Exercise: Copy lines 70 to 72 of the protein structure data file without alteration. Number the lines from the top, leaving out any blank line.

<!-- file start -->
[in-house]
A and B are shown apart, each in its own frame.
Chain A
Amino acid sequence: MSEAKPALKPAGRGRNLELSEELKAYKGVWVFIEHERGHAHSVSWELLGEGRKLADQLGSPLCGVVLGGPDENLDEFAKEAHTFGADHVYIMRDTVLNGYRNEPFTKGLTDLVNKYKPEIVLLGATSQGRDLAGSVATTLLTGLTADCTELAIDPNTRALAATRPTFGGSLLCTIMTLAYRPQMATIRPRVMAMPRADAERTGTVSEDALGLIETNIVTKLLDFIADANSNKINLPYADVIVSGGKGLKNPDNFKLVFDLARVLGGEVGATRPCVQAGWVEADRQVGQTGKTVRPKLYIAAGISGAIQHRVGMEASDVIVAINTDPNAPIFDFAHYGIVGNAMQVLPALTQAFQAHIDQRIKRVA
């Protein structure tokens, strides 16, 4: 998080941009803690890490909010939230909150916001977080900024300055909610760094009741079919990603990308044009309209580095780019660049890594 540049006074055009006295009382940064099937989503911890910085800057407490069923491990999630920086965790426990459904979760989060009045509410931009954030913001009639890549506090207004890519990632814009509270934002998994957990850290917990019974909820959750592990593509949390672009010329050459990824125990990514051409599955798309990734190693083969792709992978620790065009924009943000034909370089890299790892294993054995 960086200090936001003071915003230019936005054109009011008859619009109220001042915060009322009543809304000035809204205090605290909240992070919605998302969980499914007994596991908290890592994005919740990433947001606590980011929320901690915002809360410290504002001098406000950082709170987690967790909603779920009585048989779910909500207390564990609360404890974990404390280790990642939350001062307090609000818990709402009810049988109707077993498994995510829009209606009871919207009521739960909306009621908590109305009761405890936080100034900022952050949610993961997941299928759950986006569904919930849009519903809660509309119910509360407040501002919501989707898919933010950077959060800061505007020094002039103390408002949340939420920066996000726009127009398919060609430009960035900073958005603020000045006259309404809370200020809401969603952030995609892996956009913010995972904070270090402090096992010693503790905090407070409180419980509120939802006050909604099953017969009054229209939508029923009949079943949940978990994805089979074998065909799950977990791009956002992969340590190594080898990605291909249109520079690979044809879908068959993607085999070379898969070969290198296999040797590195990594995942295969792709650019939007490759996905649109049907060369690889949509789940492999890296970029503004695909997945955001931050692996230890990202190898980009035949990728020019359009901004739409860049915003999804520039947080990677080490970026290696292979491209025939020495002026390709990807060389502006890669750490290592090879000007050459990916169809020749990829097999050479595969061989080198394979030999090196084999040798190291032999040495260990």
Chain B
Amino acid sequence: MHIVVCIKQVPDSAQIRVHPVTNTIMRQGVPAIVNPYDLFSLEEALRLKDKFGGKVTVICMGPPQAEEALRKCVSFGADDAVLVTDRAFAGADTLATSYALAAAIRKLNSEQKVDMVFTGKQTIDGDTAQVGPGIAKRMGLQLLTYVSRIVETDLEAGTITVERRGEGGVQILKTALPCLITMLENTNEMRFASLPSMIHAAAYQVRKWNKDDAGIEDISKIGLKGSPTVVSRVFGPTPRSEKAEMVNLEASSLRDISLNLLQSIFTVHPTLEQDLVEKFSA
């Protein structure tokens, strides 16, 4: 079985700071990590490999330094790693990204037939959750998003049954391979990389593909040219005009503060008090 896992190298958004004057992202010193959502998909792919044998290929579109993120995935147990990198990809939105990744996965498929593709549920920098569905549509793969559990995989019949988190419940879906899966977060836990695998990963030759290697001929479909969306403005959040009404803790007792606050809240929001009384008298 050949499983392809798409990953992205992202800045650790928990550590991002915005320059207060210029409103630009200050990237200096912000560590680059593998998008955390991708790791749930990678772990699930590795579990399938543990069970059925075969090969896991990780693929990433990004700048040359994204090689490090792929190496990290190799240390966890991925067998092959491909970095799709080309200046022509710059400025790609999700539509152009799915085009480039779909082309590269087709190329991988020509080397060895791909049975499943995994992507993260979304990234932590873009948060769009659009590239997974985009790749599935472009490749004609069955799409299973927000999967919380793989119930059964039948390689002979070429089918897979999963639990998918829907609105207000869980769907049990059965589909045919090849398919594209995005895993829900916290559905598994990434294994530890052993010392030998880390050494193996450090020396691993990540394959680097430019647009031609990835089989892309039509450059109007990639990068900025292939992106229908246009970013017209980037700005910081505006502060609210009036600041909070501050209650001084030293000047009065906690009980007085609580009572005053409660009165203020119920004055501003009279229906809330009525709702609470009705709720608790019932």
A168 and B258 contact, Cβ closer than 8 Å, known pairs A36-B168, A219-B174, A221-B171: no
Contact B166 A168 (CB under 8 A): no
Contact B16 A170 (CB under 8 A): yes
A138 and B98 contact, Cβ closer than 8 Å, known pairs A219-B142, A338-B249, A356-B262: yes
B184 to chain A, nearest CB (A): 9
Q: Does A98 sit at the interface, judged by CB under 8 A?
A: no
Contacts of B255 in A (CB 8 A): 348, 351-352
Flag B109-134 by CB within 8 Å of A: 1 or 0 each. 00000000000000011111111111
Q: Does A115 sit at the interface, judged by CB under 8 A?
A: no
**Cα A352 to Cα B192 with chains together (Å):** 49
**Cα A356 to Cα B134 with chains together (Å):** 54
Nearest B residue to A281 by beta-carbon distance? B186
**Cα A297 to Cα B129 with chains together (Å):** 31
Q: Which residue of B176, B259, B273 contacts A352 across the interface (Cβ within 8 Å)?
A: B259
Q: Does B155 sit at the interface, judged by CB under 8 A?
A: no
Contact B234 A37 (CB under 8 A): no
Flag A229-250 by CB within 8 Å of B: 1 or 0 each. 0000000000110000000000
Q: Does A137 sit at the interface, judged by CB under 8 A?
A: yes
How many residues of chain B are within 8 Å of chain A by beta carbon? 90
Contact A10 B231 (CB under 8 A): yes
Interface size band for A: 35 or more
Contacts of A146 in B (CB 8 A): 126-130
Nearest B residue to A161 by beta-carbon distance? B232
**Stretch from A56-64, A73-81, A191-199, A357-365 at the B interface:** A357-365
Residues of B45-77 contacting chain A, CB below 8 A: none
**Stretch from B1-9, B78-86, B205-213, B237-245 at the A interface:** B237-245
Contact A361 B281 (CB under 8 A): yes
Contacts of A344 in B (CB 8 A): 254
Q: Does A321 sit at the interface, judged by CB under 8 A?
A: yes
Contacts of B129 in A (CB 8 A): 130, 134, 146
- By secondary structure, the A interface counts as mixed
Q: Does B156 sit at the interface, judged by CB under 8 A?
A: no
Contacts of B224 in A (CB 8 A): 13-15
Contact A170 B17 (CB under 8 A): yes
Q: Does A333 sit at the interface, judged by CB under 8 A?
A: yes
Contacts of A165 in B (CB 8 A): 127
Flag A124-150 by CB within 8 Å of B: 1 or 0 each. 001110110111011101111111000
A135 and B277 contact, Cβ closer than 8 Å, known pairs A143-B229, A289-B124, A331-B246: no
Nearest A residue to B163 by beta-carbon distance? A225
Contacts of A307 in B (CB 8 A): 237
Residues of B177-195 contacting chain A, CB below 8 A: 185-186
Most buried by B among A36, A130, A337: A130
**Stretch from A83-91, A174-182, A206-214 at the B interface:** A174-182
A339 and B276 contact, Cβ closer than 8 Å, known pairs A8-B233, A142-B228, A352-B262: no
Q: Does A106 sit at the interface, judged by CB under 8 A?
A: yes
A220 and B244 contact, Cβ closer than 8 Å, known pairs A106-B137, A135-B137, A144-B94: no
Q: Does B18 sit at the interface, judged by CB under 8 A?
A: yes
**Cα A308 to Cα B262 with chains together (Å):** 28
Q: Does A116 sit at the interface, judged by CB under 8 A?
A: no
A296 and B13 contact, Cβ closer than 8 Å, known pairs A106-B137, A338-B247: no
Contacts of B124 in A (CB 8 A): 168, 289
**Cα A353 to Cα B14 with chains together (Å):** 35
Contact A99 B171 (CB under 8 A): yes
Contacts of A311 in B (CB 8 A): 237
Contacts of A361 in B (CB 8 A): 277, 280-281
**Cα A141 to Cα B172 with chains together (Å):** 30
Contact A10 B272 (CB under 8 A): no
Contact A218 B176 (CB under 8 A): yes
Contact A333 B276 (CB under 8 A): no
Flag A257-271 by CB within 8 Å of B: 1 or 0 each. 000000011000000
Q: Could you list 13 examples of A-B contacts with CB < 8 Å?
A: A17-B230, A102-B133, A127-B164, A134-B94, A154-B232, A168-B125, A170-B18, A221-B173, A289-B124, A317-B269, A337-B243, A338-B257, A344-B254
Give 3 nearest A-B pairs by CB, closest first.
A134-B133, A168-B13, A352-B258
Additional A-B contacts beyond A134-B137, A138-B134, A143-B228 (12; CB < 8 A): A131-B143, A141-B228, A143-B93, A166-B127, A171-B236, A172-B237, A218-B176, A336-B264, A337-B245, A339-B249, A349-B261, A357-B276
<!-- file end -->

Contacts of B124 in A (CB 8 A): 168, 289
**Cα A353 to Cα B14 with chains together (Å):** 35
Contact A99 B171 (CB under 8 A): yes